Amy H. Bray is a Georgia attorney, focusing her practice in community association and real estate law matters. 

 Her firm, Andersen, Tate & Carr, P.C., works with all manner of clients in business and personal matters, providing “big firm” sophistication with suburban law firm attention and service.



 Copyright © 2009 & 2010, Amy H. Bray & Andersen, Tate & Carr, P.C.

Committees in Associations: Sharing the Workload   Leave a comment

Committees are fairly common in community associations and help to spread out the burdens of community tasks to more volunteers. With the limitations on the time of the volunteers already serving the community, plus the opportunity to get other residents invested in the community, committees can do even more than merely ensure that someone is watching over the pool and there’s someone to greet new neighbors when they move in. However, sometimes little thought is given to the formation of committees beyond identifying the need to get a task done.

Unfortunately, as a lawyer, I am often called upon to assist “after the horse is out of the barn” to rein in a, supposedly, wayward committee. Many times, in these situations there was either a miscommunication over the expectations for what the committee was intended (and authorized) to do or an enterprising committee member choose to take their job to the next logical step. Sometimes this happens as the committee or its members suspect that a board will not take the steps that the committee believes are necessary.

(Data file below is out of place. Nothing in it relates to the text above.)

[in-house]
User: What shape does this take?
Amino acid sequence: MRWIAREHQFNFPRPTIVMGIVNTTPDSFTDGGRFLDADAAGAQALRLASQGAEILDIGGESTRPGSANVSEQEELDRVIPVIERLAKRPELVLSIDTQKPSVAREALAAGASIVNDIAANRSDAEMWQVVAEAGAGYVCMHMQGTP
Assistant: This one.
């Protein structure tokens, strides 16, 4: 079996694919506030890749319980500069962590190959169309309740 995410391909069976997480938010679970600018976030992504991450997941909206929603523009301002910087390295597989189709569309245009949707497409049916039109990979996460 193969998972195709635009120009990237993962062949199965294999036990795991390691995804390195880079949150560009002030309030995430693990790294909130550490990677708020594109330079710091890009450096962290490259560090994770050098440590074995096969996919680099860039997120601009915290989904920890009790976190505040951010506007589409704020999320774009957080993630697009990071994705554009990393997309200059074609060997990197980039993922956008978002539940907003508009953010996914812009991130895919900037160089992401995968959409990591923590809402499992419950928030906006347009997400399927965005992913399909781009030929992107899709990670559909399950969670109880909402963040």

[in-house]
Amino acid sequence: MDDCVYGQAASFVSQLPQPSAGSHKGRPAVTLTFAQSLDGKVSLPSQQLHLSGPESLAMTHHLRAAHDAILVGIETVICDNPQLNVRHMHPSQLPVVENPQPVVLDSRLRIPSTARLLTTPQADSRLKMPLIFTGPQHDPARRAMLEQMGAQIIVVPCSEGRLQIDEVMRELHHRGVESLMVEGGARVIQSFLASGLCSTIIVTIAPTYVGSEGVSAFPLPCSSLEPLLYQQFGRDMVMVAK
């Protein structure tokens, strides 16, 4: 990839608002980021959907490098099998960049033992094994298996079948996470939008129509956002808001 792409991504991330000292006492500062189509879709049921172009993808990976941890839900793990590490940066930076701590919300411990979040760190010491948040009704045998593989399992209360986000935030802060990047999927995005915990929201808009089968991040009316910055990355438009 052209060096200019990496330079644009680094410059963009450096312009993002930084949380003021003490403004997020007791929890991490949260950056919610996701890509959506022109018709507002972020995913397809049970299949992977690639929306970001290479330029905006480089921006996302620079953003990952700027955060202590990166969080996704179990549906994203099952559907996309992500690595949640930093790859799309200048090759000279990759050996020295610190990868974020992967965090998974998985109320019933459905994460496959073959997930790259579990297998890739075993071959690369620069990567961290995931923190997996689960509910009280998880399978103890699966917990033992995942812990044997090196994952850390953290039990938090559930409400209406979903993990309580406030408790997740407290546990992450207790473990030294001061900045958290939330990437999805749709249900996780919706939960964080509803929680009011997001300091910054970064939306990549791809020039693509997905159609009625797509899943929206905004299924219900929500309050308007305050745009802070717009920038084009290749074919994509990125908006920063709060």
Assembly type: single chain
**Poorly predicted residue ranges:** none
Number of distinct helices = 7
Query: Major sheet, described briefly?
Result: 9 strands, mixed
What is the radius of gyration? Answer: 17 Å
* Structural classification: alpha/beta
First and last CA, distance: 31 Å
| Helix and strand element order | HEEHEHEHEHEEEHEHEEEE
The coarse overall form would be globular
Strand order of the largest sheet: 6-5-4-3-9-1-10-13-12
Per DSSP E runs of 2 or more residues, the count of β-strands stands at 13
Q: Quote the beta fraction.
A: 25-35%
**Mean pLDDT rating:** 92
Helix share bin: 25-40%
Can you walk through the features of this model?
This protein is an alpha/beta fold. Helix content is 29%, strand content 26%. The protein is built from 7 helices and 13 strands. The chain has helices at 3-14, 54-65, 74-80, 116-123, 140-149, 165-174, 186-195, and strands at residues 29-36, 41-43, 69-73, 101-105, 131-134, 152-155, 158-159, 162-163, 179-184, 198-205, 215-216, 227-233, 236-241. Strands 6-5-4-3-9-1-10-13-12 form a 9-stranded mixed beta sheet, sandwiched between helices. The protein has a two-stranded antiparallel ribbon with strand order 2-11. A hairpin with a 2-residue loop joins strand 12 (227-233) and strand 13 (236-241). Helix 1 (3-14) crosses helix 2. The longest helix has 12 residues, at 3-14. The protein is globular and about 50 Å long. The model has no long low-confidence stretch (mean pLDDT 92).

Regardless of the reasons, in many of these instances the problem of authority could have been resolved in the beginning.

Generally, the by-laws for a community association will permit the creation of committees. The by-laws will likely go on to state that members of the committees serve at the discretion of the board of directors, who can appoint and remove committee members at will. Besides that, there is often precious little additional guidance.

The first step to forming a committee is to determine exactly what you want the committee to do and how long you want the committee to last. In figuring this out, you must go beyond merely stating that you are forming a committee to “take care of the pool” or “for social events.”

Consider the actual tasks that the committee will need to perform, decide if they will only report back to the board, if they will report to the board on a routine basis while performing other tasks, or something similar. Establish whether the committee will have the right to get bids for services for the association. Will they also have the right to enter into contracts? Should they meet routinely? How many people should be on the committee?

Setting parameters for the tasks that the committee is authorized to perform can significantly help to prevent major miscommunications later on. Of course, having a community association attorney assist with drafting the resolution creating a committee is also very helpful, as you can get the benefit of the attorney’s experiences in other communities with similar committees.

By: Amy H. Bray, a partner in the Commercial Real Estate department.

Case Update: Venue in GA Condo Lien Foreclosure   1 comment